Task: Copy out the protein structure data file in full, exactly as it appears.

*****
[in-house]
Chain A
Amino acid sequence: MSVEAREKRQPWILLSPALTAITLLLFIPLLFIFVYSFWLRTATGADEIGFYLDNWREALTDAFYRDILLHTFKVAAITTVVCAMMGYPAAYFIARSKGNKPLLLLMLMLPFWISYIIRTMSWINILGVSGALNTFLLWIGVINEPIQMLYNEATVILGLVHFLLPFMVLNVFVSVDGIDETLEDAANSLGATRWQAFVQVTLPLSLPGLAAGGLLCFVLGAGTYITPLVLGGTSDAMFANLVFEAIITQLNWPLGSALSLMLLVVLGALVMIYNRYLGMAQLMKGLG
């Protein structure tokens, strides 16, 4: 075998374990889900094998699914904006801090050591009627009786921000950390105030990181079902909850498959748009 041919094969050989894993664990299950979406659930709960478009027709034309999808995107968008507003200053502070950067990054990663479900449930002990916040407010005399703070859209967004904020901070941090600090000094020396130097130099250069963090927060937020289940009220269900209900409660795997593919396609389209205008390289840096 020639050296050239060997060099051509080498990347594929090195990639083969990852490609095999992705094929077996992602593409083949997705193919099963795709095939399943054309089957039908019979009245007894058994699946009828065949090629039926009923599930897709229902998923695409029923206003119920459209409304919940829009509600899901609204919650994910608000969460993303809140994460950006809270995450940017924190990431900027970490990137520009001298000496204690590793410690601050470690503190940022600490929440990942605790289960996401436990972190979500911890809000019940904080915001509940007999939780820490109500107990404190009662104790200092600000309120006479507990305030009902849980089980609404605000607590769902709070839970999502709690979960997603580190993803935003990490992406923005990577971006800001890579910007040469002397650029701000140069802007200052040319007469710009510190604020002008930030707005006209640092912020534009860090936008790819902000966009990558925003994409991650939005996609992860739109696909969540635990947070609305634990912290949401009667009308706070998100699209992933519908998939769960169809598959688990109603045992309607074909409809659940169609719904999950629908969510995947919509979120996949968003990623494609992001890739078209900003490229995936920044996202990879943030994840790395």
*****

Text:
[in-house]
Chain A
Amino acid sequence: MSVEAREKRQPWILLSPALTAITLLLFIPLLFIFVYSFWLRTATGADEIGFYLDNWREALTDAFYRDILLHTFKVAAITTVVCAMMGYPAAYFIARSKGNKPLLLLMLMLPFWISYIIRTMSWINILGVSGALNTFLLWIGVINEPIQMLYNEATVILGLVHFLLPFMVLNVFVSVDGIDETLEDAANSLGATRWQAFVQVTLPLSLPGLAAGGLLCFVLGAGTYITPLVLGGTSDAMFANLVFEAIITQLNWPLGSALSLMLLVVLGALVMIYNRYLGMAQLMKGLG
């Protein structure tokens, strides 16, 4: 075998374990889900094998699914904006801090050591009627009786921000950390105030990181079902909850498959748009 041919094969050989894993664990299950979406659930709960478009027709034309999808995107968008507003200053502070950067990054990663479900449930002990916040407010005399703070859209967004904020901070941090600090000094020396130097130099250069963090927060937020289940009220269900209900409660795997593919396609389209205008390289840096 020639050296050239060997060099051509080498990347594929090195990639083969990852490609095999992705094929077996992602593409083949997705193919099963795709095939399943054309089957039908019979009245007894058994699946009828065949090629039926009923599930897709229902998923695409029923206003119920459209409304919940829009509600899901609204919650994910608000969460993303809140994460950006809270995450940017924190990431900027970490990137520009001298000496204690590793410690601050470690503190940022600490929440990942605790289960996401436990972190979500911890809000019940904080915001509940007999939780820490109500107990404190009662104790200092600000309120006479507990305030009902849980089980609404605000607590769902709070839970999502709690979960997603580190993803935003990490992406923005990577971006800001890579910007040469002397650029701000140069802007200052040319007469710009510190604020002008930030707005006209640092912020534009860090936008790819902000966009990558925003994409991650939005996609992860739109696909969540635990947070609305634990912290949401009667009308706070998100699209992933519908998939769960169809598959688990109603045992309607074909409809659940169609719904999950629908969510995947919509979120996949968003990623494609992001890739078209900003490229995936920044996202990879943030994840790395």